Do balloons really draw people in so much that they are worth the risk?
That question probably means nothing to the average person.
But to me, someone who is severely allergic to latex, it is the first question I have for restaurants, businesses, schools, and every other place that I go and have to encounter latex balloons.
Can I be around latex? Well kind of. I can’t touch it without breaking out in hives. And if closed in with them I will start wheezing. Even walking down the rug aisle at Walmart or Target can cause me to have trouble breathing.
People don’t think about all the products that have latex. Majority of rugs have latex backing. Majority of band-aids have latex packaging. The list of products I have to avoid and the list of supplemental things that I need to watch carefully for reactions is ridiculously long.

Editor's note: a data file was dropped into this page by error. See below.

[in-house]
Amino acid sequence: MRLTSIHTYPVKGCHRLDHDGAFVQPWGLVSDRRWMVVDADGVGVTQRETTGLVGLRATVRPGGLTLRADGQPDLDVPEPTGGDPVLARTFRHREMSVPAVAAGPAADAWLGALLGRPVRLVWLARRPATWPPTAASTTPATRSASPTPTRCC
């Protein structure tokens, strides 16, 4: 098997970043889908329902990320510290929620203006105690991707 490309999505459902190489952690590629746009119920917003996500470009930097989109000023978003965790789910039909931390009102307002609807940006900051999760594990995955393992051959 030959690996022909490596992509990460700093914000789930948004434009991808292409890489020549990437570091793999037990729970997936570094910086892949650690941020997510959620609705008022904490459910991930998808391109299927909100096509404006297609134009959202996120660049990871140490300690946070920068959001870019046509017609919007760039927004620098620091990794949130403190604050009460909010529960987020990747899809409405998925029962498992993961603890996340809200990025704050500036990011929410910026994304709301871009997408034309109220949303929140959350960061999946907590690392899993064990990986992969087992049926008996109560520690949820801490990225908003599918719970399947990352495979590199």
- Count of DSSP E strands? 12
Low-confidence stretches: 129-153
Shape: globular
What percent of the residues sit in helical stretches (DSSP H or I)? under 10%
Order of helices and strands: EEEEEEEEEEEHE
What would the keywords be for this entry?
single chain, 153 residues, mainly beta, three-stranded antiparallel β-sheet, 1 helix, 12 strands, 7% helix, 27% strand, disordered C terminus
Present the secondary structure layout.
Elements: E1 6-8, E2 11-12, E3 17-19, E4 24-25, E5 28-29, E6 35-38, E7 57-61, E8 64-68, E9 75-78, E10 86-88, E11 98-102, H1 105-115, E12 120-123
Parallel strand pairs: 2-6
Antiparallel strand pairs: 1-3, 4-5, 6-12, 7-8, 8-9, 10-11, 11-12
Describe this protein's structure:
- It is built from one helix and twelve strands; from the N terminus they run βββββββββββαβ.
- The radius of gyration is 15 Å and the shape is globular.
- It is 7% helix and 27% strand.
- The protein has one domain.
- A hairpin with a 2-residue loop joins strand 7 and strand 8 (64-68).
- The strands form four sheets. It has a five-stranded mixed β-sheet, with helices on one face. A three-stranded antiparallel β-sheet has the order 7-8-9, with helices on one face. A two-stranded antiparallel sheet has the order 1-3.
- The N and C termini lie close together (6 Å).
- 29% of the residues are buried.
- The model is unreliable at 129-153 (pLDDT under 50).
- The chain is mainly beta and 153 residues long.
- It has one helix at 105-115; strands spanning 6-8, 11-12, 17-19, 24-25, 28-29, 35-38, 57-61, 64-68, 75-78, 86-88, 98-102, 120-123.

Companies don’t think about how while they are trying to draw people in or provide some entertainment for the children, they are causing others to have to risk their lives.
Most hospitals haven’t allowed latex balloons for a few years now.
When will the rest of society wake up to this allergy?
Last week I specifically avoided a certain bar because they were doing a balloon drop with prizes in honor of their one year anniversary.
I cringe anytime there are children’s activities at the mall in fear there might be balloons.
During graduate school I butted heads with the Dean of Students multiple times over the amount of balloons they would put in the student center on visit days and any other event. Not only are those balloons a risk to my health and many others, but they are a waste of money. High school seniors aren’t going to be more likely to go somewhere because they have balloons in their student center. Or at least that was the least of my concerns back then.
Latex is everywhere and I know I have to always watch out for it, but I will rejoice the day society begins to at least open their eyes and try to accommodate on some level for those of us that are allergic to it.